Hope after miscarriage


  • Ask Dr G
  • Sunday, 21 Dec 2014

Christmas is just around the corner. Although I don't usually celebrate Christmas, it is rather difficult not to be drawn into the spirit of festivity. Apart from the Christmas presents and turkey, I enjoy the gatherings with family and friends in the build up to the big day. 

I held a dinner party at home recently and invited some close friends. One of the guests mentioned that the Greatest War time heroes of the 20th century, Winston Churchill once said: “Christmas is a season not only of rejoicing but of reflection.” 

The dinner conversation naturally digressed to the reflection of the events occurred in 2014. 

Without a doubt, the two most shocking and traumatising incidents that stunned many Malaysians were the MH370 and MH17.

Although it seems like yesterday when the news broke, many of us do hope the annus horribilis (Latin phrase for horrible year) of 2014 will become a distant memory while 2015 will be an annus mirabilis (wonderful year). 

On that note, I would like to answer a reader’s email over a traumatic event in his life. 

Dear Dr G, 

I am David. My wife and I have been married for three years and we have been trying to have a baby in the last two years. 

I am sad to say that my wife miscarried in the last two pregnancies. Naturally, I feel very sad about the incidents. Both occurred in the first three months of the pregnancies. 

I am 32 and my wife is 30 years old. We used to have a very active sexual relationship until the miscarriages. 

My wife said we were still having intercourse after the pregnancies that had induced the miscarriages. Is it true that vigorous sexual intercourse in the early pregnancies can result in losing the baby? 

We have been to many doctors to discuss about the matter and I am disappointed that no cause has been identified for the miscarriages. 

The doctors said it might be my smoking habits that make the sperms vulnerable. Can this be true? 

I feel very sad about the situation and it seems to have a negative impact on our sexual relationship. I find it difficult to talk to my wife about this as it may hurt her feelings. 

Is there anything I can do to prevent losing another pregnancy? Can you please help me? 

Is a healthy baby still possible for couples who had faced miscarriages? 

Warmest regards and happy holidays,

David

Losing a baby at any stage of the pregnancy is a distressing and traumatic event for many women. In a medical term, a miscarriage is the loss of the fetus before the 24th week of the pregnancy. After 24th weeks, losing a baby during a pregnancy is termed stillbirth.

More than 80% of miscarriages occur in the first three months of a pregnancy. Medical literatures reported that the incidence of 50% of all pregnancies end in a miscarriage as a spontaneous abortion occurring before a woman misses a period.

About 15% of recognised pregnancies may end in a miscarriage.  The vast majority of the etiology of miscarriages are not well understood. Fetal chromosomal abnormalities are well recognised to be the reason.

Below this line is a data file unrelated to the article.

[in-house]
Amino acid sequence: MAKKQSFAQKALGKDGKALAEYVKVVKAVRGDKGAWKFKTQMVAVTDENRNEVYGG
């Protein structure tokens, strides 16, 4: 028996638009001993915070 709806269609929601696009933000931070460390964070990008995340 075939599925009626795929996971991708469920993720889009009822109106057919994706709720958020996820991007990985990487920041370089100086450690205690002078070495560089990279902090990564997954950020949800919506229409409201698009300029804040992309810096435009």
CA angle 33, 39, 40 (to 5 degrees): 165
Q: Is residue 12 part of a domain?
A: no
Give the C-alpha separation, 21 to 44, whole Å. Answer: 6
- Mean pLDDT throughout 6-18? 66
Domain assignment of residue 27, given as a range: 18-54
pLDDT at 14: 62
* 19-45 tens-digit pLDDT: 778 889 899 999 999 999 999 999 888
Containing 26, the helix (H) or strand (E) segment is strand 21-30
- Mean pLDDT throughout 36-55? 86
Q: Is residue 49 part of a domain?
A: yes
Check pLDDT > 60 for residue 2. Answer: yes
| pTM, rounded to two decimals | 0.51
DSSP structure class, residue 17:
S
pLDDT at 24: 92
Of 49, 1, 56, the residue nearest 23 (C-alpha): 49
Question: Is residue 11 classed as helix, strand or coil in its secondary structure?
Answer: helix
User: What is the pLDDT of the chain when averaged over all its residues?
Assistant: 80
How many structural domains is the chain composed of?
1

In addition, other causes include infection, uterine abnormality, thyroid diseases, malnutrition and of course, excessive maternal consumption of cigarettes and alcohol. Not many studies had implicated the paternal lifestyle to induce miscarriages, however, I am certain David’s smoking cessation can only have a positive impact on the future of a healthy pregnancy.

Although many couples are desperate to incriminate sexual activities as one of the causes of miscarriages, there is no proof that active sexual intercourse (vigorous or not!) can induce spontaneous loss of the fetus. 

According to a recent study from university College London, partners often feel left out, as they are unable to talk about their feelings of loss and pain, for fear of upsetting their spouses. 

In this research, 46% of partners kept the issues to themselves and half of the participants interviewed admitted to having insomnia related to the loss. Spouses or even healthcare providers usually under-recognised such negative psychological impact in men affected by the “bereavement”. 

Even though the loss of fetus may seem devastating to both partners, two recent studies in Denmark and the Netherlands highlighted the findings that women with repeated miscarriages can be reassured that their chances of having a healthy baby in the future are the same as women who had never lost a baby during a pregnancy. 

In the first study, two-thirds of the affected women have at least one child within five years of having a miscarriage.

In the second study, 70% of the affected women became pregnant within one year, and the chances increased to 80% within two years of an initial miscarriage. 

Calvin Coolidge, the President of the United States in 1920s once said: “Christmas is not a time nor a season, but a state of mind. To cherish peace and goodwill, to be plenteous in mercy, is to have the real spirit of Christmas”. 

When faced with a previous loss and pain, this “state of mind” should help us see the light at the end of the tunnel in the New Year. 

To David, happy trying! To everyone else, Merry Christmas and have an amazing New Year! 

> The views expressed are entirely the writer’s own.

 

 

 

 

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miscarriage , health , sex

Dr George Lee

Dr George Lee

Dr George Lee is a consultant Urologist and Clinical Associate Professor whose professional interest is in men’s health. The column “Ask Dr G” is a forum to help men debunk the myths and taboos on men’s issues that may be too “hard” to mention. You can send him questions at askdrg@thestar.com.my

   

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